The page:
|Female genital mutilation and skilled birth attendance among women in sub-Saharan Africa|
||Abdul-Aziz Seidu, Richard Gyan Aboagye, Barbara Sakyi, Collins Adu, Edward Kwabena Ameyaw, Joycelyn Boatemaa Affum and Bright Opoku Ahinkorah
||BMC Women's Health, Volume 22, issue 26, DOI:https://doi.org/10.1186/s12905-021-01578-w
Female genital cutting (FGC)
Multiple African Countries
There is evidence that women who have had their genitals cut suffer substantial difficulties during and/or after childbirth, including the need for a caesarean section, an episiotomy, an extended hospital stay, post-partum bleeding, and maternal fatalities. Whether or not women in sub-Saharan Africa who have undergone female genital mutilation utilize the services of skilled birth attendants during childbirth is unknown. Hence, we examined the association between female genital mutilation and skilled birth attendance in sub-Saharan Africa.
The data for this study were compiled from 10 sub-Saharan African countries’ most recent Demographic and Health Surveys. In the end, we looked at 57,994 women between the ages of 15 and 49. The association between female genital mutilation and skilled birth attendance was investigated using both fixed and random effects models.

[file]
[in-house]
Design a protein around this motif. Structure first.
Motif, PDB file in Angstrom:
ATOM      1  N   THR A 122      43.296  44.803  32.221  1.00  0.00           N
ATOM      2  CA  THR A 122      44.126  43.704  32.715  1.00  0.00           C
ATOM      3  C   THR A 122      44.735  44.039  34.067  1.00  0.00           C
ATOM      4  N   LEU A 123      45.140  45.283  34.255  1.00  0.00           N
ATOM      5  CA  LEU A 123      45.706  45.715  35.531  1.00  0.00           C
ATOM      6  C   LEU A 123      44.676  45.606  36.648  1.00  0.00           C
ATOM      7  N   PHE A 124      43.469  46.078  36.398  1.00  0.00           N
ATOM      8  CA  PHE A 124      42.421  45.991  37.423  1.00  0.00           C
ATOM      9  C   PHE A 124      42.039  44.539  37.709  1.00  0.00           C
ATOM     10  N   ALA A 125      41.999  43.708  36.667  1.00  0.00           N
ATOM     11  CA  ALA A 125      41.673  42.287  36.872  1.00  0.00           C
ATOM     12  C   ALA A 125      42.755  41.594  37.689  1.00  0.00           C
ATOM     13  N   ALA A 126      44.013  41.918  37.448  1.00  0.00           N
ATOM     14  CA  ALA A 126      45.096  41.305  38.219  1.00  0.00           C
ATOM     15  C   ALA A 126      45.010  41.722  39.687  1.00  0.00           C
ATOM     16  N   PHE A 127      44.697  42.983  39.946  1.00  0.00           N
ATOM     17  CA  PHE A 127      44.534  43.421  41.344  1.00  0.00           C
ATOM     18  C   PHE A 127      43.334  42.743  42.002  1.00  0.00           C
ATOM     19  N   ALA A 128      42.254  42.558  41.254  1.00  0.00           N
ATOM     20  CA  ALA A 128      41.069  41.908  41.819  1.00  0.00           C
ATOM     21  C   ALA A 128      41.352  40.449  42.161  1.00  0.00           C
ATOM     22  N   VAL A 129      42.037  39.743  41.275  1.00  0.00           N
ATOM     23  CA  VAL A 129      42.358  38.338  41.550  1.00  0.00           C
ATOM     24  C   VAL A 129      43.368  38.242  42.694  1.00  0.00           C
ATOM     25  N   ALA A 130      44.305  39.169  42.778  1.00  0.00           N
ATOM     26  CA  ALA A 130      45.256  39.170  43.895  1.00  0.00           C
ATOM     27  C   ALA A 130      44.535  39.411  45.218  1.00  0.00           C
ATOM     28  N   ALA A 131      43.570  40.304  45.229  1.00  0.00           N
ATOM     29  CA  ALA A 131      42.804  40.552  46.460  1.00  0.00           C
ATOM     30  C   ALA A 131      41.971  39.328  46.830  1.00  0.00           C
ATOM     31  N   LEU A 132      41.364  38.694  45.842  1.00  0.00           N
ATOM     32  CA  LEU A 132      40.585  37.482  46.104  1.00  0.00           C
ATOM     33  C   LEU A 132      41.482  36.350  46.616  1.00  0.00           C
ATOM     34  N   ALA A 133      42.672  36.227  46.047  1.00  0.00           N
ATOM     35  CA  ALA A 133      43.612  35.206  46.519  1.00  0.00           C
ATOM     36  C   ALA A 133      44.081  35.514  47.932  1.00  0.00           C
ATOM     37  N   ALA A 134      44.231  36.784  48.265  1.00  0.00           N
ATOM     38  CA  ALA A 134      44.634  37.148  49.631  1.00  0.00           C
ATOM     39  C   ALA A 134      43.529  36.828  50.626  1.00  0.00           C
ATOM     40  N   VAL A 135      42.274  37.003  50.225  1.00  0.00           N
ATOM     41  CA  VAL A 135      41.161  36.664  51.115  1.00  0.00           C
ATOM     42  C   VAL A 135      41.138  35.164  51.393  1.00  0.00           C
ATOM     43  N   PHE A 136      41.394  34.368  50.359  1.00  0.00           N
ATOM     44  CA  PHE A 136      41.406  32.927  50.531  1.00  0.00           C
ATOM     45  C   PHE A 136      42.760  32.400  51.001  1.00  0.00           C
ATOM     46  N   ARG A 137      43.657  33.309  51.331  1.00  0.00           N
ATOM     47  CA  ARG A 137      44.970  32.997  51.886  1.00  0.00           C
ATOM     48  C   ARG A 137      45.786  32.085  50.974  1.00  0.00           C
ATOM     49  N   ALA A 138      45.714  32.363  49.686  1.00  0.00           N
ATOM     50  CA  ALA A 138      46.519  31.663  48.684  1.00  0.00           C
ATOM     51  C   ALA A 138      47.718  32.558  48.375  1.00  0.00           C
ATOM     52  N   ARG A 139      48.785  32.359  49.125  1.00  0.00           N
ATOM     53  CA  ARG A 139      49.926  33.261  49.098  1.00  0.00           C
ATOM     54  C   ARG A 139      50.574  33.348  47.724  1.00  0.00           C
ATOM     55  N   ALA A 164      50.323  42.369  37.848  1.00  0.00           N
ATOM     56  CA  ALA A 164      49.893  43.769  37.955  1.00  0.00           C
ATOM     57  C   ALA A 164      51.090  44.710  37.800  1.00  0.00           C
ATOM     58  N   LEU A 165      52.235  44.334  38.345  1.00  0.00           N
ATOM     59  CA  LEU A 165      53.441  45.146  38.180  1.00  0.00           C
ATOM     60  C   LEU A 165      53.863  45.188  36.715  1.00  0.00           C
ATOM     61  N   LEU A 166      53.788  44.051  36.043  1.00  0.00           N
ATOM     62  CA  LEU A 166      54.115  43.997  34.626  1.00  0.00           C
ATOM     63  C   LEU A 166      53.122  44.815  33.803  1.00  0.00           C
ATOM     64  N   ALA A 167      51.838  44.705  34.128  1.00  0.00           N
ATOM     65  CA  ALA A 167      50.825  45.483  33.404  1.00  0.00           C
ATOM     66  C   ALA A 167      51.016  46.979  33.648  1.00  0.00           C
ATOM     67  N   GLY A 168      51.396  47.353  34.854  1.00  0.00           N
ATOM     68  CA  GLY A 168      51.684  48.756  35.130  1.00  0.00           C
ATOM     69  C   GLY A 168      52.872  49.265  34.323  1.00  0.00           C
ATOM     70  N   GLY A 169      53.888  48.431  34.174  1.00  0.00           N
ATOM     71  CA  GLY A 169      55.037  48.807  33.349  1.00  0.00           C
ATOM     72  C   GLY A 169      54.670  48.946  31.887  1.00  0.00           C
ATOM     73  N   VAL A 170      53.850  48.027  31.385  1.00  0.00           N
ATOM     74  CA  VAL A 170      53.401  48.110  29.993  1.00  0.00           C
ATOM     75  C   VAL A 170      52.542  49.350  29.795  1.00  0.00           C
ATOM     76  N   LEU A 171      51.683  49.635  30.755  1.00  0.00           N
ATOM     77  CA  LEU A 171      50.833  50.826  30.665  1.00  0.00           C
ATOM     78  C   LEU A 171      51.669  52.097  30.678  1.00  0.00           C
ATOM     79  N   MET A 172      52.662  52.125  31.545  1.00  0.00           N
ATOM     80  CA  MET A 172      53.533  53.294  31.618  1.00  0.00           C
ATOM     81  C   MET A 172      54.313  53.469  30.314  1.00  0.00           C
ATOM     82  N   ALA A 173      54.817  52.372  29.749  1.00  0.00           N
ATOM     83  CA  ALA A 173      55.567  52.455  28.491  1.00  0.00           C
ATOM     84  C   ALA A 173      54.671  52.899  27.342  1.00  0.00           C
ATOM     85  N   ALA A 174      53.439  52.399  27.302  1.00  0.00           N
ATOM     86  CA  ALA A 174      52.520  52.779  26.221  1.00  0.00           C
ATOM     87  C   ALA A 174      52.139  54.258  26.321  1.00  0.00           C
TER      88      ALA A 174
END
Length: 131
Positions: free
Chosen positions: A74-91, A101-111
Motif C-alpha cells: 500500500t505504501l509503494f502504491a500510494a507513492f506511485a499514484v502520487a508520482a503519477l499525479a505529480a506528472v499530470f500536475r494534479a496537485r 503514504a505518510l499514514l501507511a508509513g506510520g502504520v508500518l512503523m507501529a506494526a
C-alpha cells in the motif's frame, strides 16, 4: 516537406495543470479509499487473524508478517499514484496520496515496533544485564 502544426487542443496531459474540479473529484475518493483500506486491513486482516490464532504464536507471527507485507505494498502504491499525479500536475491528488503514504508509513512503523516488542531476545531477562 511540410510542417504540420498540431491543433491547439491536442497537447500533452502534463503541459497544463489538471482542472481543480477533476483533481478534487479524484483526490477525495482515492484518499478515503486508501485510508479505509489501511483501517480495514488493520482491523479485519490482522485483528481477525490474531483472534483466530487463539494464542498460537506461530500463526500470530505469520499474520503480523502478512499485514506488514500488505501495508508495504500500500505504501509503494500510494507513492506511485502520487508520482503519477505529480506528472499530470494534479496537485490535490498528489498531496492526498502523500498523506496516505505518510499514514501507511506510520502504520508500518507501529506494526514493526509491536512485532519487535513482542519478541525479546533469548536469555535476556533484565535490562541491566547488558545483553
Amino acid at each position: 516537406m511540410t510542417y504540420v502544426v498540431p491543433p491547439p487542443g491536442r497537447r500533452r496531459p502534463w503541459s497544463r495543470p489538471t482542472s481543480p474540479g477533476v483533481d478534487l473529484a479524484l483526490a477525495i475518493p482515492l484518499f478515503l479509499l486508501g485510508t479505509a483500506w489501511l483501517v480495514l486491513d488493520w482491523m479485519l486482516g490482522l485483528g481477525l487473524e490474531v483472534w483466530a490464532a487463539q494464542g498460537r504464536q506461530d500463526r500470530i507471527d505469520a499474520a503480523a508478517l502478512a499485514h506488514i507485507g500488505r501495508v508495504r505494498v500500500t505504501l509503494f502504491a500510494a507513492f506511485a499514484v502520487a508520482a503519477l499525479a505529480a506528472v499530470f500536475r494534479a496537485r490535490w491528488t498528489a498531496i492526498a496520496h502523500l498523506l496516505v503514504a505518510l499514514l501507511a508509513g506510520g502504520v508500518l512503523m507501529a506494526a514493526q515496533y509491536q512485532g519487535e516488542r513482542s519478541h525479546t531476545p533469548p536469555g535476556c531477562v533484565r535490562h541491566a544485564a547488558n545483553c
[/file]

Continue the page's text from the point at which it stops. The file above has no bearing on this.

Female genital mutilation and skilled birth attendance were found to be prevalent in 68.8% and 58.5% of women in sub-Saharan Africa, respectively. Women with a history of female genital mutilation had reduced odds of using skilled birth attendance (aOR?=?0.91, 95% CI?=?0.86–0.96) than those who had not been circumcised. In Ethiopia, Guinea, Liberia, Kenya, Nigeria, Senegal, and Togo, women with female genital mutilation had reduced odds of having a trained delivery attendant compared to women in Burkina Faso.
This study shed light on the link between female genital mutilation and skilled birth attendance among sub-Saharan African women. The study's findings provide relevant information to government agencies dealing with gender, children, and social protection, allowing them to design specific interventions to prevent female genital mutilation, which is linked to non-use of skilled birth attendance. Also, health education which focuses on childbearing women and their partners are necessary in enhancing awareness about the significance of skilled birth attendance and the health consequences of female genital mutilation.